We are outside the ancient city now looking up to its southern wall. There is the Pyramid of Cestius on our left with the St. Paul Gate farther away to the right. The Gate of St. Paul, originally the Porta Ostiensis in the Aurelian Wall, was rebuilt by Belisarius. It was there that the Emperor Claudius, when returning to the city from Ostia to take vengeance upon his wife Messalina, was met by his two children, Octavia and Brittanicus, and also by a Vestal Virgin who insisted upon the rights belonging to her order and demanded that the Empress should not be condemned without a hearing. This gate belongs to the old wall, a portion of which may be seen in the lower part of the right-hand tower.
All the walls on this side of the Tiber are, with only a few changes, the same as those commenced by Aurelian in A. D. 272 and finished a few years later by Probus. Repairs were made by Honorius, Theodoric, Belisarius, and several popes. Benedict XIV in 1749 made the last repairs of any great extent. The wall is composed of red brick set with cement and is so solid that when there was occasion to build a railroad through it, dynamite had to be used to demolish it.
The gray, sharp pyramid of Gaius Cestius makes a very striking and picturesque combination with the battlemented Gothic towers of the gateway. Each intensifies the effect of the other because of the greatness of the contrast. I do not remember to have seen in Rome, and scarcely anywhere, a more unique and curious architectural object than this pyramid of marble which is one hundred and twenty-five feet in height and one hundred feet square at the base. This is the only instance in Rome of a pyramid serving for a tomb. It stands partly within and partly without the wall of Aurelian, for, as it had been standing here several hundred years before the wall was built, Aurelian simply included it in the line of his fortifications. The pyramid was erected in honor of a tribune of the people, who died nearly two thousand years ago, 29 B. C., leaving to Agrippa a sum of money to provide for him a suitable monument. Two colossal statues were erected in his honor at first, as well as the pyramid, but the statues have long since disappeared. As you observe, the pyramid is well-nigh perfect to-day, being of the shape best suited to defy the ravages of time. That protecting wall has been built to guard its base from the many vehicles passing around it on this much frequented road.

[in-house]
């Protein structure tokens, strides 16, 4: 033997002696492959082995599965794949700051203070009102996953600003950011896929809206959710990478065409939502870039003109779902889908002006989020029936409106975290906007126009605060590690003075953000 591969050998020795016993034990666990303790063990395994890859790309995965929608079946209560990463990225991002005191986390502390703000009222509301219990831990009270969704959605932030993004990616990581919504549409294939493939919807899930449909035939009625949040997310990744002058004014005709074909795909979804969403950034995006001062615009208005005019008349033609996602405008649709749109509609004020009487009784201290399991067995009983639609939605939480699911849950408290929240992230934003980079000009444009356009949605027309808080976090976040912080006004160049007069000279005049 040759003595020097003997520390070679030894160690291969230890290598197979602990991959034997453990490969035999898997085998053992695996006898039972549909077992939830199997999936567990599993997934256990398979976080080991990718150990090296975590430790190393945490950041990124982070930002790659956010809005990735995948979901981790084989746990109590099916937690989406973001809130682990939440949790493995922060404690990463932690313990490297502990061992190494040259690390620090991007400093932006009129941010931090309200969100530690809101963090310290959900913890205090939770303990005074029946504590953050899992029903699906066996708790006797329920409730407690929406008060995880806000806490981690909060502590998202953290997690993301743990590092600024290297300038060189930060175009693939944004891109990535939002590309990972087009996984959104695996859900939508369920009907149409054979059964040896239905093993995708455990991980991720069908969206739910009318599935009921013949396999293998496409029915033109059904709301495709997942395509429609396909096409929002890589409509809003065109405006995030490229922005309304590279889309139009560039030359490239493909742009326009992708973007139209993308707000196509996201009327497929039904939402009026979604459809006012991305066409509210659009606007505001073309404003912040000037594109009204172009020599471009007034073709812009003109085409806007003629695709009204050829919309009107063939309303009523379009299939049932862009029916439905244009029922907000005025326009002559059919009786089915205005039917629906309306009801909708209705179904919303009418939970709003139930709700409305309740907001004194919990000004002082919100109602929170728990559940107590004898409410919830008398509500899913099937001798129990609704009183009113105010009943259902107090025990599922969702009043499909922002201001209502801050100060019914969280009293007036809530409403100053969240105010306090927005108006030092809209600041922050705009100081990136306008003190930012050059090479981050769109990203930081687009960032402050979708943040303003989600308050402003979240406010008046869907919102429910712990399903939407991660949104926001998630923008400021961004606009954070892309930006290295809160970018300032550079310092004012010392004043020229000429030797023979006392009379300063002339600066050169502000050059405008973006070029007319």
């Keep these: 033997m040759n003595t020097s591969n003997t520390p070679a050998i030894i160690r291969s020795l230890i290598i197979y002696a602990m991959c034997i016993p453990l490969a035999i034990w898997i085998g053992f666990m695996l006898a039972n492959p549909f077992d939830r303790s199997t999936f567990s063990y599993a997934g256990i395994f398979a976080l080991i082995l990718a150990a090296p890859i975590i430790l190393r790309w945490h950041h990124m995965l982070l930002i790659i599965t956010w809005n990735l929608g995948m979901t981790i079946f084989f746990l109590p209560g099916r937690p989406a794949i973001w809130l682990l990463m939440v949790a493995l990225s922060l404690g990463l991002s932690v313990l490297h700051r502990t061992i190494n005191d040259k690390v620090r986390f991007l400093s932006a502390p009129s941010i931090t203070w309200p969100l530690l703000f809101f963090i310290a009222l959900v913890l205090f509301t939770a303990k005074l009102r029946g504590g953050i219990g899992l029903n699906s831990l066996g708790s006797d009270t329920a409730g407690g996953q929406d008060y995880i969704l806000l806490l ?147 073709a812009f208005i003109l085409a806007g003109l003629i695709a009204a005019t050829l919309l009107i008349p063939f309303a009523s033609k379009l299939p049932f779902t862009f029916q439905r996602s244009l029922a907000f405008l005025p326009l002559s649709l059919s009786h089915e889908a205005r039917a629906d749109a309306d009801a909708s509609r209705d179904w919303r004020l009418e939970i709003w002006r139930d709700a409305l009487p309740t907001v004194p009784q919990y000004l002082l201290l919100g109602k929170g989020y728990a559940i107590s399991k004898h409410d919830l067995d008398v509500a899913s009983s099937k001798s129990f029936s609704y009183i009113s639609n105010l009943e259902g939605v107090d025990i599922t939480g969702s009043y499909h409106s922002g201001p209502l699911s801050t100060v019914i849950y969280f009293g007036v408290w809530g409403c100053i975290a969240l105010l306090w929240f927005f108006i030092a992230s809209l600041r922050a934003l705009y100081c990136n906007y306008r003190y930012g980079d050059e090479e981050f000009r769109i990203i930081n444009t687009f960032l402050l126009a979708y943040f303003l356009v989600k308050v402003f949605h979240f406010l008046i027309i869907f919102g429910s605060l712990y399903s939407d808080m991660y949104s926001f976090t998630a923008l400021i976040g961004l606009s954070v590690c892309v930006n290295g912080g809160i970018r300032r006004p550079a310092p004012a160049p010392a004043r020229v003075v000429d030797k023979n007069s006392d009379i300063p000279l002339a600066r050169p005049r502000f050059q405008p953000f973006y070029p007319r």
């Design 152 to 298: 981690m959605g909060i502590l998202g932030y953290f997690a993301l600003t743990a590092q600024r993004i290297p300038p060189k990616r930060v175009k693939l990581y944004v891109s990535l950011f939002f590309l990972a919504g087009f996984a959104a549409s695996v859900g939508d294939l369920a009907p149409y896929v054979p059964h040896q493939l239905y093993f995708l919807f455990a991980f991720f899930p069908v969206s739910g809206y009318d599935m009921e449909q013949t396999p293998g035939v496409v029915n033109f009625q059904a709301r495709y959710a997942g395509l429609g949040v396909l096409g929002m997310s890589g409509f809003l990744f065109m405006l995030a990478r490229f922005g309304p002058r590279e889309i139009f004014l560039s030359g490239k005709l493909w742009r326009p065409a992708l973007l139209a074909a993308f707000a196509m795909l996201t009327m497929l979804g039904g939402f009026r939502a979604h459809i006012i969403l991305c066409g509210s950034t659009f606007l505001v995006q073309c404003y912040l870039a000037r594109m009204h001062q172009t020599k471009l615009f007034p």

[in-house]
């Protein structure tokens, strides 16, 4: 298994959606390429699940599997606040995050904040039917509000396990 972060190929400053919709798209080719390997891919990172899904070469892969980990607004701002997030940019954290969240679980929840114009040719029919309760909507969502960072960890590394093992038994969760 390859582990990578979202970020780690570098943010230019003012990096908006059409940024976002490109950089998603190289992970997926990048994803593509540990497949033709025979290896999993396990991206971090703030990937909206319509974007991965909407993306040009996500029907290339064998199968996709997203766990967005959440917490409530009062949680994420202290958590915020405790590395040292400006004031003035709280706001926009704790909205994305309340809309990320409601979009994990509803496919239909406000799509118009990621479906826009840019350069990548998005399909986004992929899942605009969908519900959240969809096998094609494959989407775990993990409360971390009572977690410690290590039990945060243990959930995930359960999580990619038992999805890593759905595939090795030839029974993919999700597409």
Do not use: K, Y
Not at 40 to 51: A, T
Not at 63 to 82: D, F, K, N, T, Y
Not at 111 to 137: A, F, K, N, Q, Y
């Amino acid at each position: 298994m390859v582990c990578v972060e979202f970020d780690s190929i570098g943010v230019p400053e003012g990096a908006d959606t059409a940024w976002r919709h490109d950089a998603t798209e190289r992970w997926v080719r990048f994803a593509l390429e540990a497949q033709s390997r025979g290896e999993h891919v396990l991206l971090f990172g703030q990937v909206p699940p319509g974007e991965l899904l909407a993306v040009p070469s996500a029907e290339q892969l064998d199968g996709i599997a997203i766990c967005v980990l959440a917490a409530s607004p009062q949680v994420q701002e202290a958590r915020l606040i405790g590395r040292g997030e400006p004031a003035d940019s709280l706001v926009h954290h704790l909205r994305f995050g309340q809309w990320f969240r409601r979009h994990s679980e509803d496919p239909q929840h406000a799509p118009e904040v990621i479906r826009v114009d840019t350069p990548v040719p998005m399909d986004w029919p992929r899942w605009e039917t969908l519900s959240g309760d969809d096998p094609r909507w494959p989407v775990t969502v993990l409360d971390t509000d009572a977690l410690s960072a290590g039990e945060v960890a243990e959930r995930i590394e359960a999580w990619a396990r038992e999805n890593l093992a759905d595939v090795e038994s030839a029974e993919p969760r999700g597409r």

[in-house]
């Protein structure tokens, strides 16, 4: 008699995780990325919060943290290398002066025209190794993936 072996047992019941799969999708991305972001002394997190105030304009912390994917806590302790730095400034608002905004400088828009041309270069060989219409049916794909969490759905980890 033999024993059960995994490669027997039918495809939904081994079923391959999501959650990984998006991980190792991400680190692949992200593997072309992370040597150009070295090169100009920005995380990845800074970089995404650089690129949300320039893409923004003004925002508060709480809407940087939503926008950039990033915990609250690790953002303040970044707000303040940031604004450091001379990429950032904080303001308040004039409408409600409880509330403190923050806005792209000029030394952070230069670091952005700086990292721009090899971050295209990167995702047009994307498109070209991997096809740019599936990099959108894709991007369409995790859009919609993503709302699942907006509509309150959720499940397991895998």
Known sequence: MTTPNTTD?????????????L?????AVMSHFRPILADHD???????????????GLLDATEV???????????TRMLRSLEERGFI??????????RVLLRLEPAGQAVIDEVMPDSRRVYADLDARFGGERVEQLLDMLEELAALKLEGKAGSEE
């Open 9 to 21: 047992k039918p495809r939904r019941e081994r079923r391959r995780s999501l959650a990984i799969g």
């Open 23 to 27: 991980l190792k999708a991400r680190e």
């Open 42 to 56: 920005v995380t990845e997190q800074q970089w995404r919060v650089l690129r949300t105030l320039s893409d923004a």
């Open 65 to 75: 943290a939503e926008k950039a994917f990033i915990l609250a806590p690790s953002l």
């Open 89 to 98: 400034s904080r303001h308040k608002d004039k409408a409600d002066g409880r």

Extending from the pyramid toward us, you will notice a short section of the old wall. Just back of that wall lies the beautiful Protestant Cemetery in which the gifted poet Keats, who died in Rome of consumption, lies buried.
His friend, Severn, wrote of his last hours: “Among the many things that he requested of me to-night, this is the principal, that on his grave should be this:
`Here lies one whose name was writ in water.’
“At times, during his last days,” he continued, “he made me go to see the place where he was to be buried, and he expressed pleasure at my description of the locality of the Pyramid of Cestius, about the grass and many flowers, particularly the innumerable violets, also about the flocks of goats and sheep and a young shepherd that attended them; all these intensely interested him. Violets were his favorite flowers, and he joyed to hear how they overspread the graves.
He assured me that he had seemed to feel the flowers growing over him.” And there they do grow all winter long, violets and daisies mingling together, and, in the words of Shelley, who is buried in the same cemetery and not far away, “making one in love with death to think that one should be buried in so sweet a place.”
Sixty-one years after the death of Keats, Severn was buried by the side of his friend of boyhood days. They rest together, life’s fever gone, near the en-trance of the old portion of the cemetery.
On Keats’ tomb are the words, ” This grave contains all that was mortal of a young English poet, who, on his death-bed, in the bitterness of his heart at the malicious power of his enemies, desired these words to be engraved on his tombstone : ` Here lies one whose name was writ in water.’ ” On Shelley’s tombstone are the words, ” Cor Cordium.” Speaking of this place, George Eliot wrote, ” It was a spot that touched me deeply. It lies against the old city’s walls, close to the Porta S. Paolo, and is one of the quietest spots of old Rome. And there, under the shadow of the old walls on one side, and the cypresses on the other, lies the ‘Cor Cordium’ forever at rest.”
The monstrous walls, grim old pyramid and the silent cemetery alone with its dead, would all be oppressive, were it not for flashes of present-day life and gladness that, like the coming of the birds and flowers, brighten everything. We only need to catch sight of that proud little urchin standing erect as a soldier and the laughing young woman beside him to bring our thoughts back to the Rome of to-day, to the bustle and blessing of the brightest, busiest century that ever the sun shone on.
Along this very road it is believed that the Apostle Paul, the greatest man of his time, went to martyrdom. One of the most beautiful churches in Italy, S. Paolo fuori le Mura (St. Paul’s Without the Walls) is found a mile and a half out along this road, and here the apostle was buried. This gate being on the road to the church thus obtains its name.
When, in Rome, finding myself wearied at times by wildernesses of ruins, and by enormous structures too vast to contemplate without an effort, I used to stroll out of the city by this old gate, linger for a little at the foot of the pyramid, sombered as it is by the sunshine and the storms of two thousand years, step into the Protestant Cemetery and pick a handful of daisies, and then walk out to the Church of St. Paul’s Without the Walls. Today, I am not alone, for we shall go and stand amid its splendors together.